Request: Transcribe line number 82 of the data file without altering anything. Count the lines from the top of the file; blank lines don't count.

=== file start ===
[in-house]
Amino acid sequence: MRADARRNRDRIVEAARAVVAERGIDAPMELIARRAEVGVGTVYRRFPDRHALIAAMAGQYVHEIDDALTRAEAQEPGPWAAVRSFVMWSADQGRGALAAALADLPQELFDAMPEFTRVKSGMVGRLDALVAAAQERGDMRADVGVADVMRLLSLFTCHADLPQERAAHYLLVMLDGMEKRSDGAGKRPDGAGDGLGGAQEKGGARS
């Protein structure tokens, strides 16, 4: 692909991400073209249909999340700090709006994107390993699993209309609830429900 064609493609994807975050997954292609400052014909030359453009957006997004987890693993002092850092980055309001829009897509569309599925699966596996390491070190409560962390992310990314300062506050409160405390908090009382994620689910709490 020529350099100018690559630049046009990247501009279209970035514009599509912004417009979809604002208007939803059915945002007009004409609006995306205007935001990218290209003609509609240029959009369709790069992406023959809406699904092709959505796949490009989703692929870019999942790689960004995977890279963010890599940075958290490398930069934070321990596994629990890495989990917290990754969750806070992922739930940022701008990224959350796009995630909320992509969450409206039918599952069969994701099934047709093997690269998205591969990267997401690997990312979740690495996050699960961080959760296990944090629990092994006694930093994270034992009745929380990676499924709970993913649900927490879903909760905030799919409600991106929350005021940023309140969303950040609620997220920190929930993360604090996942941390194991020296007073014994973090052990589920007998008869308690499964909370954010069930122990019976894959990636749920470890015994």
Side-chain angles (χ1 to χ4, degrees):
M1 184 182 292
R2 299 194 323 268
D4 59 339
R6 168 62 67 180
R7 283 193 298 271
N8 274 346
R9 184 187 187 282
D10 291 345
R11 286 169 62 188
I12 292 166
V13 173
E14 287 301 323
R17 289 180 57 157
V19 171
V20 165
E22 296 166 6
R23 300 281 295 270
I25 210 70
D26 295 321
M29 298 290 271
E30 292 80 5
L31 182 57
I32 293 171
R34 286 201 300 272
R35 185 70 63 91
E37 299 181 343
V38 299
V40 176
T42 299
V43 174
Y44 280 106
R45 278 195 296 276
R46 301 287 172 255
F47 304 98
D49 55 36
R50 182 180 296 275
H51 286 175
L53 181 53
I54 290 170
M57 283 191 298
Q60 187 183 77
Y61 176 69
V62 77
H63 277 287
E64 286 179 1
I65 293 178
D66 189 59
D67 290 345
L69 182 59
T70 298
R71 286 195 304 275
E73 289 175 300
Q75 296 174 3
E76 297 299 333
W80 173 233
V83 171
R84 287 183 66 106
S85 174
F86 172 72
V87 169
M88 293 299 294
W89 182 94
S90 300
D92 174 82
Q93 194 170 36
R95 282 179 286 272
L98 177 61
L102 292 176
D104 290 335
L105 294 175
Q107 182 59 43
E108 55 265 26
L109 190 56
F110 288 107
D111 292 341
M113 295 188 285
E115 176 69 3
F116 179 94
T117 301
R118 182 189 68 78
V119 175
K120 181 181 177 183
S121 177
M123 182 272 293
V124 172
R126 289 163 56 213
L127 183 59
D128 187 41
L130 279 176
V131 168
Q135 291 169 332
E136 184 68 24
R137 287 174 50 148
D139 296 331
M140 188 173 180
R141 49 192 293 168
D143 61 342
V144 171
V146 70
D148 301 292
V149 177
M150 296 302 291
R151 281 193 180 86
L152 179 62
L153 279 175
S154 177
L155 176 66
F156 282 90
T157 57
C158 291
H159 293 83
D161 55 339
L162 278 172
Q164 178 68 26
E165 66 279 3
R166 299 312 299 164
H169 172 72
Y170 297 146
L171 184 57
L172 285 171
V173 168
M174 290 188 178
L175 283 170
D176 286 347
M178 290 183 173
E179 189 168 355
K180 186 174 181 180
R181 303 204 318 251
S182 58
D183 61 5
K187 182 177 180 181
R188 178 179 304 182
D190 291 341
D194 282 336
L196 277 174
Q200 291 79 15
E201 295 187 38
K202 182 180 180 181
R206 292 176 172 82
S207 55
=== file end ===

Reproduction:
F116 179 94